Robert Downey, Jr. as Sherlock Holmes, eccentric consulting detective
London, November 1890
Film: Sherlock Holmes
Release Date: December 25, 2009
Director: Guy Ritchie
Costume Designer: Jenny Beavan
Looking for a historical Halloween costume in a pinch? In the spirit of #SherlockSunday, grab a peacoat, a peaked cap, and a pair of suspenders, and you’re good to go!
But isn’t Sherlock Holmes most associated with the classic Basil Hathbone ensemble of a deerstalker cap and Ulster cape? Not so in the 2009 film starring Robert Downey Jr. as the iconic detective, as director Guy Ritchie insisted that his incarnation would neither wear the deerstalker nor say “Elementary, my dear Watson,” choosing instead to present what Roger Ebert would call a “cheerfully revisionist” take on Arthur Conan Doyle’s character.
(In addition to the classic Edwardian era attire worn in the Guy Ritchie films starring Downey and Jude Law, I’ve had several requests to write about Benedict Cumberbatch’s long tweed Belstaff “Milford” coat in the modern-set BBC series Sherlock. I assure you there will be a major exploration of that adaptation coming your way once I’ve seen and screencapped every episode and conducted adequate research!)
What’d He Wear?
Robert Downey Jr.’s attire as Sherlock Holmes – typically consisting of frock coats in black cord or plum wool, fancy brocade waistcoats, and striped cravats – doesn’t much lend itself to anything realistically wearable or practical 130 years after the first written adventure, A Study in Scarlet, was published.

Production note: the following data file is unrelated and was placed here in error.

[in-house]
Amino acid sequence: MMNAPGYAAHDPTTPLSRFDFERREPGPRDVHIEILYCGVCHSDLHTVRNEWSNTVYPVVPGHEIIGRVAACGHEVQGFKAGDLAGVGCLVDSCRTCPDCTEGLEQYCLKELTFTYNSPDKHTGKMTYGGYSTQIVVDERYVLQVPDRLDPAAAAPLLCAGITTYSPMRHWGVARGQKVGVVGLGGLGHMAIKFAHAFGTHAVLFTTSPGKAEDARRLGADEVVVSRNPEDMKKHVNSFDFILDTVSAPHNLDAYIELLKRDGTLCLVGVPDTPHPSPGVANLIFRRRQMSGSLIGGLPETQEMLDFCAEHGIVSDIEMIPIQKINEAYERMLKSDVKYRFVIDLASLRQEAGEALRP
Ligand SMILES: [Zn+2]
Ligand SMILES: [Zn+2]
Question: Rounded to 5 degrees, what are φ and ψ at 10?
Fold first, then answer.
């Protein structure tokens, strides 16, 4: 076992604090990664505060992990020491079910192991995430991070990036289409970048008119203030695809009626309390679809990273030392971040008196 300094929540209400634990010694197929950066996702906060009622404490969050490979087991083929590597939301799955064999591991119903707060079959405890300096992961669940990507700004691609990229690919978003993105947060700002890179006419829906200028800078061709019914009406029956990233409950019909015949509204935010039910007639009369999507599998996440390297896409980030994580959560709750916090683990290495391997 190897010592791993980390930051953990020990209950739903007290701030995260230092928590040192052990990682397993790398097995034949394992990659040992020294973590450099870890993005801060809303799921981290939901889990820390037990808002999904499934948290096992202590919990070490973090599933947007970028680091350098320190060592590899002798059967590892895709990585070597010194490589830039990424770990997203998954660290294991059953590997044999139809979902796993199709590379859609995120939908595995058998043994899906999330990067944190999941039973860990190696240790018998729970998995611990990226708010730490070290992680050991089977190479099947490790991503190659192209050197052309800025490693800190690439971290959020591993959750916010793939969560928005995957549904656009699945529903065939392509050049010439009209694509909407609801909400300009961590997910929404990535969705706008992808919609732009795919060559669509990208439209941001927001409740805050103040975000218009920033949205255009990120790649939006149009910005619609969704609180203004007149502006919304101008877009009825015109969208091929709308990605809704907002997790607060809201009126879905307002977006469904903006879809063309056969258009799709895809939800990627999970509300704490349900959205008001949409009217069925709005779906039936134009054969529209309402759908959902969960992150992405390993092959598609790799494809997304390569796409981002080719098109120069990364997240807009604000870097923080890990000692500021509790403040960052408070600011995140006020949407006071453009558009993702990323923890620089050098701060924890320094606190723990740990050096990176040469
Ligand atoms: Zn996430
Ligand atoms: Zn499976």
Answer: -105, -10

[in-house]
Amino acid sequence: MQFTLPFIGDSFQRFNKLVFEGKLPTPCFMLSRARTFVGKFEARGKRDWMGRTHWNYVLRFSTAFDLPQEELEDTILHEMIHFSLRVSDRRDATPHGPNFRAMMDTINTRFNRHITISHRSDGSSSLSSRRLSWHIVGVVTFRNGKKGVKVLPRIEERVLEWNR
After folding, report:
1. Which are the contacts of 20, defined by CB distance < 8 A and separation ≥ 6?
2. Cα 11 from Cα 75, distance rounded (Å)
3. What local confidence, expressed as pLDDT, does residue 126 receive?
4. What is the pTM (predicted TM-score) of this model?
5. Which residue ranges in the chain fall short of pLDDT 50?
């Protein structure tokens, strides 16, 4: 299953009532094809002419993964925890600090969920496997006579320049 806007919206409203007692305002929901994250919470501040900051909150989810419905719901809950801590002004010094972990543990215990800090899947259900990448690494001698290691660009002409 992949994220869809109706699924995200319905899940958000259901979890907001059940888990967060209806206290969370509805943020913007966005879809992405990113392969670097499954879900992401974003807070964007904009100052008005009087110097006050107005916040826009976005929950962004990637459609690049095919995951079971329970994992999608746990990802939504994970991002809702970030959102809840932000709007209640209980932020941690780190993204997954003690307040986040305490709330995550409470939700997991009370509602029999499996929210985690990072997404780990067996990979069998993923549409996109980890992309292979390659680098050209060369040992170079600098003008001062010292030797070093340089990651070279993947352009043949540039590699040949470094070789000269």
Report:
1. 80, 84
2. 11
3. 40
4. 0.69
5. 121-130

For this covert nighttime adventure at the London docks, however, Holmes tones down his sartorial approach by donning the unobstrusive and appropriately seafaring disguise of a wool peacoat and cap. The peacoat’s long maritime heritage dates back to the 1700s, and the heavy jacket’s ability to survive in more or less an unadulterated form for three centuries speaks volumes about its potency as outerwear.
Holmes’ pea coat is black wool that looks a bit lighter than the 30 oz. heavy Melton wool cloth often used in early naval pea jackets. The set-in sleeves are roped at each shoulder, and there is a straight flapped set-in pocket on each hip. The six buttons on the front are brown horn sew-through buttons rather than the classic naval-motif plastic or gilt buttons, and they are arranged in the traditional rectangular formation with three rows of two buttons each.
Holmes wears a taupe striped pullover shirt with a point collar worn “popped” perhaps to downplay the shirt’s stylistic similarities to a modern-day off-the-rack button-up shirt. The shirt has four large brown plastic sew-through buttons on the plain front, extending down to his abdomen where a small horizontal strip runs perpendicular to the shirt’s French placket. Each sleeve closes with a single button on the cuff, though Holmes wears his cuffs unbuttoned to inject a little more chaos into his aesthetic.
Holmes’ taupe shirt with its black hairline stripes and wider muted brown stripes echoes the suspenders (braces) worn over it. The suspenders are widely striped in black, brown, and black with black leather double-hooks that fasten to buttons along the inside of the trouser waistband in the front and back.
Holmes wears a pair of golden brown pinwale corduroy flat front trousers, clearly a few sizes too large but held up by his aforementioned suspenders. The waistband is split with a back notch to accommodate the rear loops of his suspenders. The darted back also has a cinch adjuster strap and no pockets. The slightly flared trouser bottoms are plain-hemmed.
Holmes also wears a wide dark brown leather belt around the outside of his trousers, as they have no belt loops, which seems to mostly serve the purpose of keeping his revolver in the place. The belt hooks in the front through a large brass single-prong buckle.